Social Climbers

Every winter, adventurous nomads from around the world spend months hanging out at Hueco Tanks state park near El Paso—for the friend-ship, the weather, and the best boulders anywhere.

THE BOULDER WAS NOT PARTICULARLY impressive to me. Hueco Tanks State Historical Park is littered with enormous red rocks, as if some giant had upended a bag of them over the West Texas desert, and this one was shaped like an upside-down pyramid. It sat in the sand at a tilt, and it had a bland, uninteresting surface. Nevertheless, eight climbers were standing around it, transfixed. One of them, Todd Skinner, rubbed some chalk on his hands to keep them dry and began his ascent. Most of the others were from Europe or Canada, but Skinner was from Wyoming, and several onlookers began to chant, “Team USA! Team USA!” Before Skinner made much progress, he lost his grip and fell onto a large foam pillow wrapped in duct tape. Next up was Andy Skiba, who grew up in Wisconsin. He got part way up the rock, felt his heel slip out of a hold, and cursed as he too found himself in midair.

Nobody managed to get very far up the rock, and I moved on to watch people tackle boulders that looked more interesting. Later that evening, however, I learned that the climbers had been attempting an infamous route up the rock known as the New Map of Hell. There are few climbing problems of equal difficulty anywhere in the world, and the very subtlety of the rock face is what makes it so hard. “The holds are like dancing to music,” said Paul Higginson, a British climber. “There’s a set rhythm, and you can only do them a certain way.” Just one person, Swiss climber Fred Nicole, has ever reached the top of the boulder by the path the group had been following. And I had been watching some of the sport’s best practitioners: Skinner wrote a cover story for National Geographic earlier this year after spending sixty days on a rock tower in the Himalayas, and Higginson is one of only two people in the world capable of a move known as a one-armed campus. That’s when he hangs on to a rock face by the fingertips of one hand alone, then quickly hoists himself up in a one-armed pull-up, lets go of the rock for a brief second, and grabs a higher hold in the rock face with the same hand. It takes Herculean strength, and it’s a rare move because he doesn’t use his other hand or his feet at all, risking a fall if he doesn’t catch the second hold. The one-armed campus isn’t required by many climbs, but it does build strength and it’s a great way to impress people.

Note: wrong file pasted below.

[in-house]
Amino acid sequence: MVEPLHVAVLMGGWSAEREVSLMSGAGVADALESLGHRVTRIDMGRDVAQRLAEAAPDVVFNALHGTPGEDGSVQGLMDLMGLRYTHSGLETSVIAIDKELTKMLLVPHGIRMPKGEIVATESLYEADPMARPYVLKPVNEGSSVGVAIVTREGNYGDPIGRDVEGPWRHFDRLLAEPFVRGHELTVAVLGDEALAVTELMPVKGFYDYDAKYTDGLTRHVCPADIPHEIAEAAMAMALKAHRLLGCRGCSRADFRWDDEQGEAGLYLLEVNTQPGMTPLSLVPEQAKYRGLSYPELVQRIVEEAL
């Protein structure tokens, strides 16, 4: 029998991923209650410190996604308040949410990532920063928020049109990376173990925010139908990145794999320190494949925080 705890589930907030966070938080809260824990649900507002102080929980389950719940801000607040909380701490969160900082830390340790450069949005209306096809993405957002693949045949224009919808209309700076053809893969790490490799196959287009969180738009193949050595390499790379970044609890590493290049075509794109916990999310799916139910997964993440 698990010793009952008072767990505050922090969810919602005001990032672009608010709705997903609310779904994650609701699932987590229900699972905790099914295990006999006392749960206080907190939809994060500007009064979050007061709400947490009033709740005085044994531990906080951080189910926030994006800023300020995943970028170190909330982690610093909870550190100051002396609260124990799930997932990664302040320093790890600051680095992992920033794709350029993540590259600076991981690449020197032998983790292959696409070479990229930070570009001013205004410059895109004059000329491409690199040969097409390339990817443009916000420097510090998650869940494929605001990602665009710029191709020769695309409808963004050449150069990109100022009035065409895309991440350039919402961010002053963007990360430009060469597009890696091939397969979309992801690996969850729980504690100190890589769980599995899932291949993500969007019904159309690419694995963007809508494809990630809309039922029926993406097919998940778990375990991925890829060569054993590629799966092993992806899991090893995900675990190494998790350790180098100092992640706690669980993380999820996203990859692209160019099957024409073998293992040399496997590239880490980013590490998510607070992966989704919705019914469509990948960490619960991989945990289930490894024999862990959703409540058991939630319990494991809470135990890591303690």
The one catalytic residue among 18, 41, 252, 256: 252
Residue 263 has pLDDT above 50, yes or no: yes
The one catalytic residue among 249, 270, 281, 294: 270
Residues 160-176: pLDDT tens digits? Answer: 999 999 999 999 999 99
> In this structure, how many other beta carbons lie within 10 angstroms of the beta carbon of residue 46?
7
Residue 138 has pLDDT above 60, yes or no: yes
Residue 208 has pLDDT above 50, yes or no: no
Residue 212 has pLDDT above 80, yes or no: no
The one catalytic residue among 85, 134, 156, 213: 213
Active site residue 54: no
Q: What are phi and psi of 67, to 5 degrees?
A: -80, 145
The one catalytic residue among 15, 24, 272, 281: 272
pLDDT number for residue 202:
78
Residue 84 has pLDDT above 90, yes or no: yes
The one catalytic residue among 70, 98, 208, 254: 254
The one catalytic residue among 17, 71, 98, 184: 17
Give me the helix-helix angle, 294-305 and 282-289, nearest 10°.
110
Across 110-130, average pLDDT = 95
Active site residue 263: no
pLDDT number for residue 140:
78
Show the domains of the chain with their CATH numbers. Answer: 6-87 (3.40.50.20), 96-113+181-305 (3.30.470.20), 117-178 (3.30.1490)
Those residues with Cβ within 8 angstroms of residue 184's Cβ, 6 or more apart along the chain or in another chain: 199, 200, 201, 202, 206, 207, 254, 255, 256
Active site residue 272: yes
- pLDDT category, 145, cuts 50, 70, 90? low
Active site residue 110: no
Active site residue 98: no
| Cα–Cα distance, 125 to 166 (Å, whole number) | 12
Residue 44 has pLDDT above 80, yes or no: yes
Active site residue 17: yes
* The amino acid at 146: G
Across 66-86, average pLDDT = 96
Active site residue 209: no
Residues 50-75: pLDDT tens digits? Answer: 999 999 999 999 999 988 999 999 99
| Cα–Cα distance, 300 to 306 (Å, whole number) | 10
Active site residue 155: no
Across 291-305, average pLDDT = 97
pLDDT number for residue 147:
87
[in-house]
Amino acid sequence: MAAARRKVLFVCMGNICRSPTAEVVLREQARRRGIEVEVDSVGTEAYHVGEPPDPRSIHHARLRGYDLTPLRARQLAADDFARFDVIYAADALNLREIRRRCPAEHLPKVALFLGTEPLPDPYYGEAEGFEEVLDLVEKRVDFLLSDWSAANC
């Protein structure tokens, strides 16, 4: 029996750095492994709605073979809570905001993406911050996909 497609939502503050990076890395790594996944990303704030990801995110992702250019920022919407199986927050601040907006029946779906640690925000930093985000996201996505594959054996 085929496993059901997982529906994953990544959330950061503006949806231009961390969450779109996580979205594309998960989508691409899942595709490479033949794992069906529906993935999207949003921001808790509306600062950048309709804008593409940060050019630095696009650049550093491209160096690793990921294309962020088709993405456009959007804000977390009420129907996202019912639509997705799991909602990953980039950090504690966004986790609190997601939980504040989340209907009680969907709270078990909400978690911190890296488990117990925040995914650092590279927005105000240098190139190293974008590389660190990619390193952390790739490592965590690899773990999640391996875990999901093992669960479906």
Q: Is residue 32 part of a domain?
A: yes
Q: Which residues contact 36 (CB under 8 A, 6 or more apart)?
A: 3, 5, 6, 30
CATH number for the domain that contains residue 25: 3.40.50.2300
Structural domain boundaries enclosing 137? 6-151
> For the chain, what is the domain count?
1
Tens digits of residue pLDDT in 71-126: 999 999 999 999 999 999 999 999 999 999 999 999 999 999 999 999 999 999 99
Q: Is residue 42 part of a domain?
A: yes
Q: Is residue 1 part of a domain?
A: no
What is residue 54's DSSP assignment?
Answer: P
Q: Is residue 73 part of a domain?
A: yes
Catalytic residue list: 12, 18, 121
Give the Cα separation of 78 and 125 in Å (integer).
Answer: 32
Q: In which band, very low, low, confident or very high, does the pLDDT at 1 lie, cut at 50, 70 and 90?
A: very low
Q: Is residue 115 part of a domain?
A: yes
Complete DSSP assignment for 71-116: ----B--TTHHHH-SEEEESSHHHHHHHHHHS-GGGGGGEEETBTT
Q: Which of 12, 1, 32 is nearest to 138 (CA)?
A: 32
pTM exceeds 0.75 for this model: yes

In recent years Hueco Tanks has been transformed from a sleepy historical park into a world-famous climbing arena. It’s now considered the best place on the globe to climb boulders in the winter, when the desert

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